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Microbeads should be banned, period

April 30, 2015
Editorial , Lake Placid News

Who comes up with things like microbeads?

If only someone in a lab or board room had vetoed the idea of adding tiny plastic granules to make skin products and toothpaste more abrasive. Apparently those involved in these decisions weren't thinking it all the way through, or didn't care enough that eventually these products get washed down drains, and that whatever's washed down drains and isn't filtered out by wastewater treatment plants ends up in rivers and oceans - and fish bellies.

On Monday, New York Attorney General Eric Schneiderman released a study showing almost three-quarters of 34 wastewater treatment plants tested could not filter out microbeads, even those with "microfiltration" equipment. The village of Lake Placid's plant was among that majority, meaning many thousands of tourists and residents there have unknowingly been rinsing microbeads downstream every time they showered or brushed their teeth, possibly harming the AuSable River trout and other, less famous wildlife.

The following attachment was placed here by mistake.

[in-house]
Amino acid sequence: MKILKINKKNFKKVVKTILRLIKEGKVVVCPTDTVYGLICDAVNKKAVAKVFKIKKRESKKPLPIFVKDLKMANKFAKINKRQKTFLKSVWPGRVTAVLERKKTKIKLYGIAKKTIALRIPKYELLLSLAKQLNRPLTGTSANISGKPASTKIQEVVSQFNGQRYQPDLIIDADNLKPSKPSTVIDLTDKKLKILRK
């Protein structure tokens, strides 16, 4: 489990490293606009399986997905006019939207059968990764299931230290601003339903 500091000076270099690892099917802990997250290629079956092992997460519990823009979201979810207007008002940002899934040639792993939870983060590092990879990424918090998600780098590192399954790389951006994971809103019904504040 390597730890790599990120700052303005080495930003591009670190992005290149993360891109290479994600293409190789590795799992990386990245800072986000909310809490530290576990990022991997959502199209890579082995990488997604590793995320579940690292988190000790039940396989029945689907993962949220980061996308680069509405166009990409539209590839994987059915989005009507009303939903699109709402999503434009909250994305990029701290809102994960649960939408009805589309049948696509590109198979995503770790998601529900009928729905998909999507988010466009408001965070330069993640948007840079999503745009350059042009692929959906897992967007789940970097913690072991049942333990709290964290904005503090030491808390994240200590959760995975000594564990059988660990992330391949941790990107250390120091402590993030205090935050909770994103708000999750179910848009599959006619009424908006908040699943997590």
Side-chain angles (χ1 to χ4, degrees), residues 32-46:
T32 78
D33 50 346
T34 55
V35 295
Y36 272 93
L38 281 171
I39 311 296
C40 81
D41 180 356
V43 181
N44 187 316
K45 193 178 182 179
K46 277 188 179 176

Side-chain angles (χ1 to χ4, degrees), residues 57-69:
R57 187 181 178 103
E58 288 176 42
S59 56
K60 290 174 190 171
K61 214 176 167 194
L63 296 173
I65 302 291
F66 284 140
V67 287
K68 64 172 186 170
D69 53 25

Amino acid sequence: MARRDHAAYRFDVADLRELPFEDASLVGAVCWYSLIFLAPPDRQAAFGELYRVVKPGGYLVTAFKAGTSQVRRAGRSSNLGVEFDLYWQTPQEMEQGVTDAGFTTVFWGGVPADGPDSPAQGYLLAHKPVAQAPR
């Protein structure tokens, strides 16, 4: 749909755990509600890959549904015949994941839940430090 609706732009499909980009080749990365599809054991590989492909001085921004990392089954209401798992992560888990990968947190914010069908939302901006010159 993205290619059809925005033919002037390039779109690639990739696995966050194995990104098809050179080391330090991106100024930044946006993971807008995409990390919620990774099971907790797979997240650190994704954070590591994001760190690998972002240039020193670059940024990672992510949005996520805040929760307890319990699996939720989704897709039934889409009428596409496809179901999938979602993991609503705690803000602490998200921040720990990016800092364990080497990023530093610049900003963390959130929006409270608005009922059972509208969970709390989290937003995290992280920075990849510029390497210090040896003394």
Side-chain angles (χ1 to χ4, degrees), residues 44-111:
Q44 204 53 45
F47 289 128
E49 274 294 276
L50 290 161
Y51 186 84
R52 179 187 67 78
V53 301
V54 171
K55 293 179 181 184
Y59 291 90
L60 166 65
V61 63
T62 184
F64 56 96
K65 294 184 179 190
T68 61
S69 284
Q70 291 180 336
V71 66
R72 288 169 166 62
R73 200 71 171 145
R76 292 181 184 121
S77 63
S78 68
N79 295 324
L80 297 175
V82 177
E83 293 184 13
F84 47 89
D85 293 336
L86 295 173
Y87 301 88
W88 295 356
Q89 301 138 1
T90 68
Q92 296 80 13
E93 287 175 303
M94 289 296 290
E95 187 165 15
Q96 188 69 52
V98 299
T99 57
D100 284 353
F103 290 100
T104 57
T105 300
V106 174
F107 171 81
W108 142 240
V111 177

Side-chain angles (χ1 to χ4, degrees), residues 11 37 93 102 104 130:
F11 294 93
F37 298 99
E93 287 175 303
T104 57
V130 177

These plastic beads are "made of various chemical compounds and petroleum products, and generally do not break down to inert things in the environment," Adirondack Council spokesman John Sheehan told the Enterprise.

Also, these plastic grains absorb toxins around them - PCBs, for instance - turning themselves into little poison pills for fish and other animals that eat them. They last for decades and repeatedly break down into smaller and smaller pieces, getting into more animals along the way.

Microbeads "are turning up everywhere, even in Arctic sea ice," according to a statement from the National Oceanic and Atmospheric Administration. They've also been found in quantity in Lake Erie, Lake Ontario, the Mohawk and St. Lawrence rivers and the Finger Lakes.

Manufacturers of beauty products may not initially have known about the danger, but they do now that microbeads have made national news. That, of course, means they should immediately stop using them, but the public cannot afford to wait on corporations' consciences to kick in. Our state and federal governments must ban microbeads, and soon.

In doing so, lawmakers must be careful not to be fooled by deceptive bills. For instance, New York's state Senate is considering a bill that would ban synthetic microbeads but not "biodegradable" ones. The problem, environmentalists say, is that none of these beads is truly biodegradable. They may break down into smaller pieces and finally go away decades later, but until then they can do a lot of harm.

The Assembly passed a better bill, proposed by the attorney general, this week. Unless both houses pass identical bills, it cannot become law. We urge senators to choose the Assembly version and get rid of this senseless form of pollution.

 
 

 

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